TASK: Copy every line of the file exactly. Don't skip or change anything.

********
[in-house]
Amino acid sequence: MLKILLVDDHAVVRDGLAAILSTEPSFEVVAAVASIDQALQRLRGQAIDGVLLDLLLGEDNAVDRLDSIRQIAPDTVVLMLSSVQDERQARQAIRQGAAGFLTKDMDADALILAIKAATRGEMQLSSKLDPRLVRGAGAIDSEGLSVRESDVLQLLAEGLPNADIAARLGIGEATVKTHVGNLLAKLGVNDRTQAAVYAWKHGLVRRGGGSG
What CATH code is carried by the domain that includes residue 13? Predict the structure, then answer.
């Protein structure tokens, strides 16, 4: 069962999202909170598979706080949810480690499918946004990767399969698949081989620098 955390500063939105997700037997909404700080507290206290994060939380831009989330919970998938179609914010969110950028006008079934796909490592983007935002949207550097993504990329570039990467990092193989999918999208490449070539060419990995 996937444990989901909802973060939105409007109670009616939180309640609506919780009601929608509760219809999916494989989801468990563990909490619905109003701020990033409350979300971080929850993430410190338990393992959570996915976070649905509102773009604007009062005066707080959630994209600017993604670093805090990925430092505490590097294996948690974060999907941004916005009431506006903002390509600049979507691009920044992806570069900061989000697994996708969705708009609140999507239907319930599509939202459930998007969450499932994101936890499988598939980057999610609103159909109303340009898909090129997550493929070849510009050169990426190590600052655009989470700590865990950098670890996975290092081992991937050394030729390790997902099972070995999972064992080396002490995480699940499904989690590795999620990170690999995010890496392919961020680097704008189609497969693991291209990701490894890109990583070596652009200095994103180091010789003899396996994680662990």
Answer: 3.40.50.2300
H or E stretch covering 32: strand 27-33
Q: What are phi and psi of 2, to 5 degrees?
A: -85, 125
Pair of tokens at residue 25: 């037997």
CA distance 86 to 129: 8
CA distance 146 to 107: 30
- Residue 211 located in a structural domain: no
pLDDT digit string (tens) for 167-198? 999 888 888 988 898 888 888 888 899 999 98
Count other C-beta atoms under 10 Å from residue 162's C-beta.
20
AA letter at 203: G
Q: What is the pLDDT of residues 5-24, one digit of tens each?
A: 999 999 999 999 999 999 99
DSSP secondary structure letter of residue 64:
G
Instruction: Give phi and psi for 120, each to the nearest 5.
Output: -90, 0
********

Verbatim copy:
[in-house]
Amino acid sequence: MLKILLVDDHAVVRDGLAAILSTEPSFEVVAAVASIDQALQRLRGQAIDGVLLDLLLGEDNAVDRLDSIRQIAPDTVVLMLSSVQDERQARQAIRQGAAGFLTKDMDADALILAIKAATRGEMQLSSKLDPRLVRGAGAIDSEGLSVRESDVLQLLAEGLPNADIAARLGIGEATVKTHVGNLLAKLGVNDRTQAAVYAWKHGLVRRGGGSG
What CATH code is carried by the domain that includes residue 13? Predict the structure, then answer.
């Protein structure tokens, strides 16, 4: 069962999202909170598979706080949810480690499918946004990767399969698949081989620098 955390500063939105997700037997909404700080507290206290994060939380831009989330919970998938179609914010969110950028006008079934796909490592983007935002949207550097993504990329570039990467990092193989999918999208490449070539060419990995 996937444990989901909802973060939105409007109670009616939180309640609506919780009601929608509760219809999916494989989801468990563990909490619905109003701020990033409350979300971080929850993430410190338990393992959570996915976070649905509102773009604007009062005066707080959630994209600017993604670093805090990925430092505490590097294996948690974060999907941004916005009431506006903002390509600049979507691009920044992806570069900061989000697994996708969705708009609140999507239907319930599509939202459930998007969450499932994101936890499988598939980057999610609103159909109303340009898909090129997550493929070849510009050169990426190590600052655009989470700590865990950098670890996975290092081992991937050394030729390790997902099972070995999972064992080396002490995480699940499904989690590795999620990170690999995010890496392919961020680097704008189609497969693991291209990701490894890109990583070596652009200095994103180091010789003899396996994680662990």
Answer: 3.40.50.2300
H or E stretch covering 32: strand 27-33
Q: What are phi and psi of 2, to 5 degrees?
A: -85, 125
Pair of tokens at residue 25: 């037997």
CA distance 86 to 129: 8
CA distance 146 to 107: 30
- Residue 211 located in a structural domain: no
pLDDT digit string (tens) for 167-198? 999 888 888 988 898 888 888 888 899 999 98
Count other C-beta atoms under 10 Å from residue 162's C-beta.
20
AA letter at 203: G
Q: What is the pLDDT of residues 5-24, one digit of tens each?
A: 999 999 999 999 999 999 99
DSSP secondary structure letter of residue 64:
G
Instruction: Give phi and psi for 120, each to the nearest 5.
Output: -90, 0